Daily Archives: July 12, 2014

NETHERLANDS- Stamppot Boerenkool

Tonight marks my penultimate World Cup Dinner, and I’ve saved the Dutch meal of Stamppot Boerenkool to mark their third place playoff match with hosts Brazil. I’ve even dressed for the occasion with a fantastic replica of the 1978 Netherlands shirt from the brilliant range at Toffs, a UK company specialising in replicas of historic kits!

The Netherlands are probably the greatest footballing nation to have never won the World Cup, having reached the final on three occasions, in 2010, 1978, and with perhaps their best side of all in 1974.

That tournament, held in West Germany, was when Dutch coach Reinus Michels introduced his revolutionary Totaalvoetbal, or Total Football, to the international stage. The tactical system which relied on his players interchanging positions, fluid movement, and spatial awareness, had led his club side Ajax to three consecutive European Cup triumphs in 1971, 1972, and 1973.

The Oranje, led by talismanic Johann Cruyff, proceeded to the final of the tournament in Munich, where they would face hosts West Germany. They got off to a flying start too- Cruyff kicked off, and the Dutch passed the ball thirteen times with no German reply, before winning a penalty which midfielder Johan Neeskens converted to send his side ahead after only 2 minutes. It seemed like the Dutch were about to fulfil their footballing destiny, but the Germans rallied, stifling Cruyff’s playmaking influence with tight marking, which allowed them back into the game, and an eventual 2-1 win thanks to a penalty and Gerd Muller goal.

Stamppot is the generic term for a traditional Dutch dish made with mashed potatoes, cabbage, onions and bacon, and in the version I’m making- Boerenkool- smoked sausage. The smoked sausage and bacon add a really nice savoury flavour that goes brilliantly with the creamy mash!


INGREDIENTS (serves 2)
5-6 medium potatoes- variety suitable for mashing
1/2 cabbage, rinsed and cut into 1/2 inch slices
2 slices thick bacon, cut into cubes
1 onion
1 bay leaf
salt and pepper to taste
1 smoked sausage
1 tbs olive oil
50ml milk
2 tbs butter

1. Peel and quarter the potatoes.
2. Add the potatoes and bay leaf to a large pan of boiling water. Add a pinch of salt.
3. Cover pan and boil for 25 minutes, until potatoes are soft.
4. Drain half the water from the potatoes and remove the bay leaves.
5. Add the cabbage, and smoked sausage (kept in its plastic seal)
6. Cover pan again, and boil the mix for a further 8 minutes.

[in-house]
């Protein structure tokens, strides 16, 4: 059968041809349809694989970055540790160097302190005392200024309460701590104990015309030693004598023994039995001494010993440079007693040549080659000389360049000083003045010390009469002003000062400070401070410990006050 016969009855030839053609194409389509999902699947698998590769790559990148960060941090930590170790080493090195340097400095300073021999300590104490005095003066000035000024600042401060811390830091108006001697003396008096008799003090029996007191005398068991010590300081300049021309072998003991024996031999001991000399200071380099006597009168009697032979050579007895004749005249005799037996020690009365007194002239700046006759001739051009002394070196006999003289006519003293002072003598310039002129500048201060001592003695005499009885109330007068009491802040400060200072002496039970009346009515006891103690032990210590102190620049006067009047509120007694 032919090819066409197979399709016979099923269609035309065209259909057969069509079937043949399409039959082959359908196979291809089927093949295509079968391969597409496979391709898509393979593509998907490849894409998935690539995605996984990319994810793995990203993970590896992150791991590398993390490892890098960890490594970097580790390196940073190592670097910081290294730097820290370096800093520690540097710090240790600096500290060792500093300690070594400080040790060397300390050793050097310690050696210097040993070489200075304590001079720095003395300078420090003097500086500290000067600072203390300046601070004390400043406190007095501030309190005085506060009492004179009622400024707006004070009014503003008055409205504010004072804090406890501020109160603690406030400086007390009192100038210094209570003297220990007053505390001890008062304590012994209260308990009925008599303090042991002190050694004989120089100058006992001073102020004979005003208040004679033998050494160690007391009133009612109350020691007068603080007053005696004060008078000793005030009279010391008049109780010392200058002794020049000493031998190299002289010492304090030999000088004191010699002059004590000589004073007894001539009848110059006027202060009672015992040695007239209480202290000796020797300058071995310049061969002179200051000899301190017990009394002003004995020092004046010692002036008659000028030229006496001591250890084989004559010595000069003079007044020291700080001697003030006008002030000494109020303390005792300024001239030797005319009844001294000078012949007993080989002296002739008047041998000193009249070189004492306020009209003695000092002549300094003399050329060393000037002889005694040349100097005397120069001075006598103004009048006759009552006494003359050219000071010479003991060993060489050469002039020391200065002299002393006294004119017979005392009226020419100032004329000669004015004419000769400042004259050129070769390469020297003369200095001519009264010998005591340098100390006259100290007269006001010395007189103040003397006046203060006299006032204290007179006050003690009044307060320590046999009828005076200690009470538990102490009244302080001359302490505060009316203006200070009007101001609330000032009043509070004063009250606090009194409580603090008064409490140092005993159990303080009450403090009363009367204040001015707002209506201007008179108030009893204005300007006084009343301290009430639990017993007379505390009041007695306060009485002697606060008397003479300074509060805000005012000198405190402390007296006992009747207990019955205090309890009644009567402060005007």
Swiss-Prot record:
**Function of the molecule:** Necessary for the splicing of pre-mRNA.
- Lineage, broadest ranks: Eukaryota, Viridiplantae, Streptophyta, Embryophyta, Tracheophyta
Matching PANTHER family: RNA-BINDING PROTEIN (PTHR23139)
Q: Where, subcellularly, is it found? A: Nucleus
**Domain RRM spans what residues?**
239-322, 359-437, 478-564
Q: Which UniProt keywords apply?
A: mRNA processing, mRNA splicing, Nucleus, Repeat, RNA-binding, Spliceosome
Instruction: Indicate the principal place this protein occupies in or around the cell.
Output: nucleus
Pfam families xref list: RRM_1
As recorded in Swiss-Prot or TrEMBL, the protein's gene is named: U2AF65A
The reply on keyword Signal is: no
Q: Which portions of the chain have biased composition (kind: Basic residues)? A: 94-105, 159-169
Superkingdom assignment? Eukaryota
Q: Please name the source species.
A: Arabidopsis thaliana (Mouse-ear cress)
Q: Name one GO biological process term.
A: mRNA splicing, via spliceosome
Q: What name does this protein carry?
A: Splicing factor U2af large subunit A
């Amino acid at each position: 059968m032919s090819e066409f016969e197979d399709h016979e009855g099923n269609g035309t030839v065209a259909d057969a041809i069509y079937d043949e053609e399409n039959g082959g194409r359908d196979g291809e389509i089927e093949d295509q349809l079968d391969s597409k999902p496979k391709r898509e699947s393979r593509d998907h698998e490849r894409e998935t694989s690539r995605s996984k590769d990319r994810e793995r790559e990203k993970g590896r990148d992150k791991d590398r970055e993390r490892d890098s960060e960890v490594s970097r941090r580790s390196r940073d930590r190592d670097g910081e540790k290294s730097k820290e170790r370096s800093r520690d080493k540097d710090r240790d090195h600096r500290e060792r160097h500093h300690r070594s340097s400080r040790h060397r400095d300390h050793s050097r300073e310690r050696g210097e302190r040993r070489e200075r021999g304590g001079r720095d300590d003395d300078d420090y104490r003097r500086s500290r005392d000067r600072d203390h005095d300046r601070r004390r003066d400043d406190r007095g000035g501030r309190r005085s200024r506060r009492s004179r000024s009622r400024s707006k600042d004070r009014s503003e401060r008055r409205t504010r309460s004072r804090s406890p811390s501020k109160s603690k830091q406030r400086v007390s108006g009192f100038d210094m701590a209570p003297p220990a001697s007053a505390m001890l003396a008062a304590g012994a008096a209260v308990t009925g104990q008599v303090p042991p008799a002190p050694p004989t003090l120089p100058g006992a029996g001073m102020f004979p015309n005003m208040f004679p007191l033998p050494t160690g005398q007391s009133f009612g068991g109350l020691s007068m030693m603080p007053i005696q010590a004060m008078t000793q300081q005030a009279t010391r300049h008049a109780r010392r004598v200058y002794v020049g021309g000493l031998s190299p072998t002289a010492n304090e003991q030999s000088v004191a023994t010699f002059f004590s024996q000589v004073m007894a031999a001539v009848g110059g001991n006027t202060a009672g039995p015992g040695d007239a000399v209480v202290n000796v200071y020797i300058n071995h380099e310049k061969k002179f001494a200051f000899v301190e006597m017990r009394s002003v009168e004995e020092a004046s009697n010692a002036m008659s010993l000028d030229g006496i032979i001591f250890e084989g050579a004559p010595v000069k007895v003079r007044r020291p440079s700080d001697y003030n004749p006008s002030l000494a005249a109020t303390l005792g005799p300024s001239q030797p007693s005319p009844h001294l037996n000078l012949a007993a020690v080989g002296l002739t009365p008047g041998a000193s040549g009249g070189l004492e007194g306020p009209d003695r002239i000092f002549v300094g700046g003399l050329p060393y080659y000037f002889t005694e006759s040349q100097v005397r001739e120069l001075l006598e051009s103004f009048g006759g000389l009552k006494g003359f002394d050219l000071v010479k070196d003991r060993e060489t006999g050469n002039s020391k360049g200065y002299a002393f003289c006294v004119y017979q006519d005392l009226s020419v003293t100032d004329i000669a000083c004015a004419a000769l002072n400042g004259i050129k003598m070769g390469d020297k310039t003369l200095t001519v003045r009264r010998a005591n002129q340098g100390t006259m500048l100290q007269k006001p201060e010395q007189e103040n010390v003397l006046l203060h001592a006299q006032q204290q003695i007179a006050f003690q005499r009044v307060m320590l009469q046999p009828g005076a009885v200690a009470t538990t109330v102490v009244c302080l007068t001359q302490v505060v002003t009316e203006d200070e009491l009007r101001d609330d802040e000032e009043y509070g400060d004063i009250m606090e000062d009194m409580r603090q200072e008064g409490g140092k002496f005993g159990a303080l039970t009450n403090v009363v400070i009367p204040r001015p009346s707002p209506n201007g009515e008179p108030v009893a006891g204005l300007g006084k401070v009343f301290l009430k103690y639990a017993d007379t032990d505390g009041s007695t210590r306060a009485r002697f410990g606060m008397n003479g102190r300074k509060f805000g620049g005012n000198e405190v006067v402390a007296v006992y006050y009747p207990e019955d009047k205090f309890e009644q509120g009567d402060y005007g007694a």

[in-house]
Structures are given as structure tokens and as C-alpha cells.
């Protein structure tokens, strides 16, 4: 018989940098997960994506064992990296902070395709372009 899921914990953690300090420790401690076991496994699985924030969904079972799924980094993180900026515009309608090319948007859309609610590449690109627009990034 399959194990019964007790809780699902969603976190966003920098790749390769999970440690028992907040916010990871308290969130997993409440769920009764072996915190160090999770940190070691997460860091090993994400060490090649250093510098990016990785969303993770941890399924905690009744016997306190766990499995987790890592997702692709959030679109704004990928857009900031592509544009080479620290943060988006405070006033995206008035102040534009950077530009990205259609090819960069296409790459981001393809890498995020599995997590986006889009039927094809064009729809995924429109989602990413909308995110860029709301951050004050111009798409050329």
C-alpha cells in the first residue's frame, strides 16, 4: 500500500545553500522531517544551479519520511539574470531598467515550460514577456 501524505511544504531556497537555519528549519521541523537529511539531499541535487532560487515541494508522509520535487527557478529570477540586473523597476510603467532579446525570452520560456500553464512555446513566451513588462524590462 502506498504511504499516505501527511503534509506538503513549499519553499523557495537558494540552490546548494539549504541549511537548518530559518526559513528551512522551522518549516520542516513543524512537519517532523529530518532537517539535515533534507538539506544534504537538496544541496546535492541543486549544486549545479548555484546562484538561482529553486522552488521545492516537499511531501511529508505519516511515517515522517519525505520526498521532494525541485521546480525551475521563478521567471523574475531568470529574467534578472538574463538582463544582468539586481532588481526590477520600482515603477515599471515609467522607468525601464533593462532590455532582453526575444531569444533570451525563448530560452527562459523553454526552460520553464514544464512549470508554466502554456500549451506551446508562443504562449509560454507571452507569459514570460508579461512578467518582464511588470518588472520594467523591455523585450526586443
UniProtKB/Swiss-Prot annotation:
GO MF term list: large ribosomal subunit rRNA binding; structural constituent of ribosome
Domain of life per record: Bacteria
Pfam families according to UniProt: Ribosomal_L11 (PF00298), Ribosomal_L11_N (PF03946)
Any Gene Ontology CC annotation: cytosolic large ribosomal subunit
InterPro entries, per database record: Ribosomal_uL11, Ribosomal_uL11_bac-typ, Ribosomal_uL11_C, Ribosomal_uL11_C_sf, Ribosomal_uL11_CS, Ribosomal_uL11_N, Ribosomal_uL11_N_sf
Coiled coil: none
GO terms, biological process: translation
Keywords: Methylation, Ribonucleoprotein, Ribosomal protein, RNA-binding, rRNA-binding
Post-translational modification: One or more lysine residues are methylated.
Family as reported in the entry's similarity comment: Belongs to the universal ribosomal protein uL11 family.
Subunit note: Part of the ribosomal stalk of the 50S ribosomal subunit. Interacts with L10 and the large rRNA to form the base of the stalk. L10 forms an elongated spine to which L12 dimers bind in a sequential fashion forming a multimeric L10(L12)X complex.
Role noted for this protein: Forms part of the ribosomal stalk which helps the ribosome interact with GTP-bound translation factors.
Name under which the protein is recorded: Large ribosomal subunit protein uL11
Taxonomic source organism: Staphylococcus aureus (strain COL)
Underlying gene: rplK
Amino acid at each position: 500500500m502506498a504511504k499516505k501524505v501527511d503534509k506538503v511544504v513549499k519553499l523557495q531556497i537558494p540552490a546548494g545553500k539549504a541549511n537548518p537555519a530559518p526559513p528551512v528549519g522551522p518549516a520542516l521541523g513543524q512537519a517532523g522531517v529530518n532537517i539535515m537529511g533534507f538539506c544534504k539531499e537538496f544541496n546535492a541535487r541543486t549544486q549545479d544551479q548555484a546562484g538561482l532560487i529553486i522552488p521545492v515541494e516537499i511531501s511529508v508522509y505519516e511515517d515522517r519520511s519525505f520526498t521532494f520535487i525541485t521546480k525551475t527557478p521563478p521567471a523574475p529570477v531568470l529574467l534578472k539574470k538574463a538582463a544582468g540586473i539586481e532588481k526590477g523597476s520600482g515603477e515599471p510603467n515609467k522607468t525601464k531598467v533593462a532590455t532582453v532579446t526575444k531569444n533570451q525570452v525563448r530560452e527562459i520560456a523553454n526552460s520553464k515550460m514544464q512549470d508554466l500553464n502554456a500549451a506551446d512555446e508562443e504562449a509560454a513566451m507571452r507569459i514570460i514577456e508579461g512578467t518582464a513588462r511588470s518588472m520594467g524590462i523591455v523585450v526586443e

7. Meanwhile, heat the olive oil in a frying pan over a medium heat, then add the bacon and onions and fry until they begin to brown.
9. Remove the pot with vegetables from heat, remove sausage, and drain.
10. Add the bacon and onion, milk, butter, and a good measure of salt and pepper to taste.
11. Mash until creamy texture is achieved.

Serve with sliced smoked sausage on top of the mash.




Over the course of this year’s tournament I’ve challenged myself to make a meal from each of the competing nations, but now I have a challenge for you, World Cup Dinners fans- a CHIMICHURRI CHALLENGE!

For the Final on Sunday I’ll be having Argentinian style steak with the traditional herby Chimichurri sauce, and this time I’m asking you to join me for dinner by making the same meal! I’ve posted the recipe ahead so you can buy all the ingredients, just in time for your own Argentinian footballing feast!

Anyone who makes the meal, and sends a photo of their efforts, by twitter, facebook or email to graeme@worldcupdinners.co, will then have the chance to win a very special ‘World Cup Dinners’ prize!

I’ll post a selection of the best efforts on the blog too!

Choose your own steak (I’ll probably go for a nice fat fillet) and whip up a batch of chimichurri sauce as follows:

INGREDIENTS (makes enough for 2 steaks)
1 cup fresh parsley
1/4 cup fresh coriander
1/2 cup olive oil
1 tbsp red wine vinegar
2 garlic cloves crushed
Large pinch chilli powder flakes
1/2 tsp ground cumin
Plenty of salt and pepper to taste

Blend all ingredients in a food processor, and then leave to settle for a couple of hours then drizzle over your steak!